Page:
The Jharkhand government moving India’s Supreme Court against the Centre is just the tip of the iceberg. It was ruffled by the Centre’s little to no consultation with state governments on its auction of 41 new coal blocks, even though the decision could dramatically alter India’s coal mining practices. Chhattisgarh, too, has flagged the blocks’ impact on biodiversity reserves within its borders, and the labour unions are bristling with indignation about what it means for job security and wages.
The underlying issue is India’s re-purposed commitment to coal. For several quarters now, the government has championed the fuel as an indispensable part of the country’s energy security. Its Union Minister for petroleum also declared last December that India was stepping up to be the largest energy consumer by 2030. The element of pride that came with the target was hardly missed, but the approach has exposed faultlines.
Coal may still be king, but globally its empire is increasingly unstable. Major miners, such as BHP and Rio Tinto, have publicly withdrawn from coal mining, as have staunch Asian financiers from funding coal plants. In India, though, the Centre is redrawing policies in a bid to make it as easy as possible for players to join its commercial coal mining bandwagon. It hopes that 100% FDI for global heavyweights and loosened entry rules for inexperienced firms will make India’s coal reserves and market irresistible, and therefore, profitable for all. The government’s no-holds-barred approach, though, has not yet seen much success in stirring interest among global players.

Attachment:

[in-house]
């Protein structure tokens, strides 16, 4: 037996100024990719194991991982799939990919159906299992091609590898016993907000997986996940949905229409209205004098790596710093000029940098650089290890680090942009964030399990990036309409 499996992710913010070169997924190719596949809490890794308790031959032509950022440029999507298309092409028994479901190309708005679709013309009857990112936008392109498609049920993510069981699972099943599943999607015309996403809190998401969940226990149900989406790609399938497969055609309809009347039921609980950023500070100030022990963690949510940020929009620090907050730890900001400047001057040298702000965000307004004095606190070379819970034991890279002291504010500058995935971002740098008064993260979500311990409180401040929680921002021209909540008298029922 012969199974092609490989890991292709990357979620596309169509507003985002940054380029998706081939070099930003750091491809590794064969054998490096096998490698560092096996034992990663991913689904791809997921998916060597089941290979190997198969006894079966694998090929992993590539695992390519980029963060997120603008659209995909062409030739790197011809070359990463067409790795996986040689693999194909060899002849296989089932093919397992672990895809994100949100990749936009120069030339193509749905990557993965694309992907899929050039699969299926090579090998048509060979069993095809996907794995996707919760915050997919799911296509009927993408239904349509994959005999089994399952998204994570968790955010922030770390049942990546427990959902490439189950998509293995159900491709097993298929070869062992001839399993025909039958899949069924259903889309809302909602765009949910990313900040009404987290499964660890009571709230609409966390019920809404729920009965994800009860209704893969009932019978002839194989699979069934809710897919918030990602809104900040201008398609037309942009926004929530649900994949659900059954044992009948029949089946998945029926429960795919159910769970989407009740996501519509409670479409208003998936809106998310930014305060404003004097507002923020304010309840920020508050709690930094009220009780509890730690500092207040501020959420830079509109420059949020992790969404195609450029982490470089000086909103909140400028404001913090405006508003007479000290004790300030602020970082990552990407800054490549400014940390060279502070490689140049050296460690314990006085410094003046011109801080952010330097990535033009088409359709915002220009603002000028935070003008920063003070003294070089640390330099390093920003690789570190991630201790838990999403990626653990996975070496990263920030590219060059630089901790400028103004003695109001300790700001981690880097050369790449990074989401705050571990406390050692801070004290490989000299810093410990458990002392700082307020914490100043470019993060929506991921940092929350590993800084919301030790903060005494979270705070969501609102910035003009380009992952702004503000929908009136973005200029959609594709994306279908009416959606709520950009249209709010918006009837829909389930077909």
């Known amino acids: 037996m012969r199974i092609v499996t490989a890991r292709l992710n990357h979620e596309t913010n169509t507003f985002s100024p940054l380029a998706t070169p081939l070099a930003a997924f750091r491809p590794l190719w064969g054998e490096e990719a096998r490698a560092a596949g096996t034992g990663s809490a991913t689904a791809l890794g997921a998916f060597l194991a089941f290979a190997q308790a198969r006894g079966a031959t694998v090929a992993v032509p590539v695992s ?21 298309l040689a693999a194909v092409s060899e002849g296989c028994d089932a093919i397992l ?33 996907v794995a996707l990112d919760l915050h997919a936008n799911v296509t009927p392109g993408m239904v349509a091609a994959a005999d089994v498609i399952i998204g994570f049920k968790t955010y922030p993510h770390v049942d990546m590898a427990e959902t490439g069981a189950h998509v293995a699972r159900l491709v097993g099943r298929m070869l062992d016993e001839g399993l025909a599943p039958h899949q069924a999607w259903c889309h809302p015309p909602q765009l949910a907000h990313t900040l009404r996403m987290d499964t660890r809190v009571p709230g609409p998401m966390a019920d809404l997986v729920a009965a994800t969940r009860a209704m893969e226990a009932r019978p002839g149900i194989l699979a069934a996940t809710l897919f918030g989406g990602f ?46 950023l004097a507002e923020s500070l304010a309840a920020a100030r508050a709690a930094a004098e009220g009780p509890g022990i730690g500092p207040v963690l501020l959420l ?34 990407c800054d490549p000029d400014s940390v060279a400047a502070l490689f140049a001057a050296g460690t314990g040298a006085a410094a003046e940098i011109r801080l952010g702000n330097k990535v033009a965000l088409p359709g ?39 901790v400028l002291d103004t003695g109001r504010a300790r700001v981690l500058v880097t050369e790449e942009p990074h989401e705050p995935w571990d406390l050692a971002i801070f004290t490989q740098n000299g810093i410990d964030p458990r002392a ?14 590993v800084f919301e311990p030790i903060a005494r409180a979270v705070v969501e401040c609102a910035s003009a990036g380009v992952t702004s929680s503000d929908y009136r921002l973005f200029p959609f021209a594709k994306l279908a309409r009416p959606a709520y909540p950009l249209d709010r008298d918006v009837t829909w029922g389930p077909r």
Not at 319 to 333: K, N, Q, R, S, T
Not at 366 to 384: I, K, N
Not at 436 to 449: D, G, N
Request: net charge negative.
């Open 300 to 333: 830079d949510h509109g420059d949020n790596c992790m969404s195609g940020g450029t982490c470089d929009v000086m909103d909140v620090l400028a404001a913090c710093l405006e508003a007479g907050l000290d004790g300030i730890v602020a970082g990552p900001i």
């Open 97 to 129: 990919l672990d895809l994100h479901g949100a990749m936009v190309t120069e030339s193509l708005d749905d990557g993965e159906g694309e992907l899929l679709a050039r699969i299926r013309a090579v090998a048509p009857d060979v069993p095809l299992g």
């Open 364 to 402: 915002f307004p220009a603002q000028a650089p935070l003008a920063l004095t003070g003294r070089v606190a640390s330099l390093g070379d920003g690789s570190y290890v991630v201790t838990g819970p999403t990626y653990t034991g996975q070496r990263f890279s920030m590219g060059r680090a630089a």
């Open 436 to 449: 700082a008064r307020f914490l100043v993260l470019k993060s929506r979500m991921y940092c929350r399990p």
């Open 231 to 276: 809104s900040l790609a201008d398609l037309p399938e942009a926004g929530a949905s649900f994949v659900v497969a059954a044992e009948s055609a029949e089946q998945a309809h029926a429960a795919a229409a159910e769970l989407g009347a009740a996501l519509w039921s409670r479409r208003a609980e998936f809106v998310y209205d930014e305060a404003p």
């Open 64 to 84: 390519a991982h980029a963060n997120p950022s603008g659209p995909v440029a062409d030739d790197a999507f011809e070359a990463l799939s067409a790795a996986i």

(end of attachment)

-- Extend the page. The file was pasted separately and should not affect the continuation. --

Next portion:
However, even though captive coal mines are arguably convenient for steel, cement and power, the Centre has fared poorly on capping coal plant emissions. The December 2021 deadline for existing plants to install pollution control technologies will be overshot. Even more worrying of late is the slow realisation that the EIA (Environmental Impact Assessment) process to scout for conflict-free mining and industrial hubs may be simply producing mountains of paper.
Globally, though, natural gas has become the preferred successor to coal. Branded as “molecules of freedom” by the US Department of Energy, it emits ~50% less CO2 than coal per kWh. But at the same time, it comes with fugitive methane emissions, which is known to be a devastating greenhouse gas, even though this is treated with selective amnesia. As far as India’s pursuit of clean energy goes, both coal and gas fall antithetical to the country’s decarbonisation goals. But in a toss up between the two, there is little doubt that gas is the lesser evil.
While industries have been shifting from coal to gas in recent years, the global economic slowdown which started in 2019 saw gas consumption grow by just 1.8% in 2019 compared to 5.3% seen the year before. The COVID-19 pandemic shock has seen demand suffer further with consumption in 2020 expected to fall by 4%. While supply and trade adjustments resulting from the demand slump and resultant oversupply has pushed spot prices for natural gas to historic lows, the oil and gas industry is cutting spending to make up for lost revenue. The global gas market is expected to begin recovery in 2021 on the back of strong demand growth in China and India. India, in particular, is expected to see demand rise while prices in the global market remain low, especially from the industrial sector which is expected to account for more than a third of the incremental growth in gas demand between 2019 and 2025. Gas prices though are likely to start their rebound during the winter of 2020 with recovery expected to continue through 2021.